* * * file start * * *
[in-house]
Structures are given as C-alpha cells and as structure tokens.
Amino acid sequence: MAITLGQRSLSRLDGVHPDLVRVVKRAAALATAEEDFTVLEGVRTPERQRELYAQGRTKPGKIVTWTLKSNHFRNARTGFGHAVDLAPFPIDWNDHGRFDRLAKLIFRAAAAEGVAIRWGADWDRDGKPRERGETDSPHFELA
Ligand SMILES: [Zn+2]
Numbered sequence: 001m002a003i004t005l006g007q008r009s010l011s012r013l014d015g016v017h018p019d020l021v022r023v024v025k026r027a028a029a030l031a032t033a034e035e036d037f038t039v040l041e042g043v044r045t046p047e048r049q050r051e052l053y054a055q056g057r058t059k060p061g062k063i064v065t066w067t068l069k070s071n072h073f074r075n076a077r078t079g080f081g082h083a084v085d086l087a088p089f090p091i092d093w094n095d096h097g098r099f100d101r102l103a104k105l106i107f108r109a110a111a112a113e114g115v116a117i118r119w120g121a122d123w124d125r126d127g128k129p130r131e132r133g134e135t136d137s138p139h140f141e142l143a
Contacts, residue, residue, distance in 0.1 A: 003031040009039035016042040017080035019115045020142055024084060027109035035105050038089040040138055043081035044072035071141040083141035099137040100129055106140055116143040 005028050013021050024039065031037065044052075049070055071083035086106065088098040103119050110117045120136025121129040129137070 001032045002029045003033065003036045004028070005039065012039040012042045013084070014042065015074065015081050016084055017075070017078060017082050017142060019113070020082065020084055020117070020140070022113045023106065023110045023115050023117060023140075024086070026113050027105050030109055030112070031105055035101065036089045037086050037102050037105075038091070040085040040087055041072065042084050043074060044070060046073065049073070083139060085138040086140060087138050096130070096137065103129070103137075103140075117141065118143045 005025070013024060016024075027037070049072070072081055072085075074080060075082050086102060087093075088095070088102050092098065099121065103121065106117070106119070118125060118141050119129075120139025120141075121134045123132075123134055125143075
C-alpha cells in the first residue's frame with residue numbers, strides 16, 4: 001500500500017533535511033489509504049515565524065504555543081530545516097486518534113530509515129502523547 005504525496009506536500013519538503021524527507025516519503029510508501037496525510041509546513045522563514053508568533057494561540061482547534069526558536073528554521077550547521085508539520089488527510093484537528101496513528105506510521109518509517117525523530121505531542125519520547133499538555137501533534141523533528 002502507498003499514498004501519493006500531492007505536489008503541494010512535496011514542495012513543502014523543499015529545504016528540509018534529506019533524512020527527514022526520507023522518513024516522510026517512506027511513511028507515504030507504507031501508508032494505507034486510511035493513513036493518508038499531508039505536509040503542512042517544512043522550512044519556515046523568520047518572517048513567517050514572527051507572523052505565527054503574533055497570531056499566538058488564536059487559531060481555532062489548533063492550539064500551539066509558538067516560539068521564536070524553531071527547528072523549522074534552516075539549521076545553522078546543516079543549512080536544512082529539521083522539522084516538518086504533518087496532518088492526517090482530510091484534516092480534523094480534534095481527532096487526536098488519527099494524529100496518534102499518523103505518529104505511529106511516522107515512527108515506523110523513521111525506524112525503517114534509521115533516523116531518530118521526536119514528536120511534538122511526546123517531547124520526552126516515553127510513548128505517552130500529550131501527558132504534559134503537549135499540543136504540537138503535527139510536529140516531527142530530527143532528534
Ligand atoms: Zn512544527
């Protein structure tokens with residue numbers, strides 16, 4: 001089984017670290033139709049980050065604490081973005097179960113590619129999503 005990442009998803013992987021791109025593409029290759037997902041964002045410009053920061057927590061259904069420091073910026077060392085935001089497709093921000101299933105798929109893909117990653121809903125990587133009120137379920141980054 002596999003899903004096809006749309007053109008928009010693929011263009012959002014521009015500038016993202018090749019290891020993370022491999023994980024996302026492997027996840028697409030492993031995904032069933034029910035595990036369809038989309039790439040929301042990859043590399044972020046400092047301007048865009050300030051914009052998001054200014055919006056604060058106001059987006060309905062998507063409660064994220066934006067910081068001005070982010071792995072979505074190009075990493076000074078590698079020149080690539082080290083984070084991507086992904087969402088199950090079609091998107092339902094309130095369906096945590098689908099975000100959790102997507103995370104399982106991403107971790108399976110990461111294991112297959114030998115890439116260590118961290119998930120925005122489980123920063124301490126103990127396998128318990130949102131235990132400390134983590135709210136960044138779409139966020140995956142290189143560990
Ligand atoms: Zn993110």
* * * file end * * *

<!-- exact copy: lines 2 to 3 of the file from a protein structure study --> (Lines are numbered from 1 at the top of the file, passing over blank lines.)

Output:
Structures are given as C-alpha cells and as structure tokens.
Amino acid sequence: MAITLGQRSLSRLDGVHPDLVRVVKRAAALATAEEDFTVLEGVRTPERQRELYAQGRTKPGKIVTWTLKSNHFRNARTGFGHAVDLAPFPIDWNDHGRFDRLAKLIFRAAAAEGVAIRWGADWDRDGKPRERGETDSPHFELA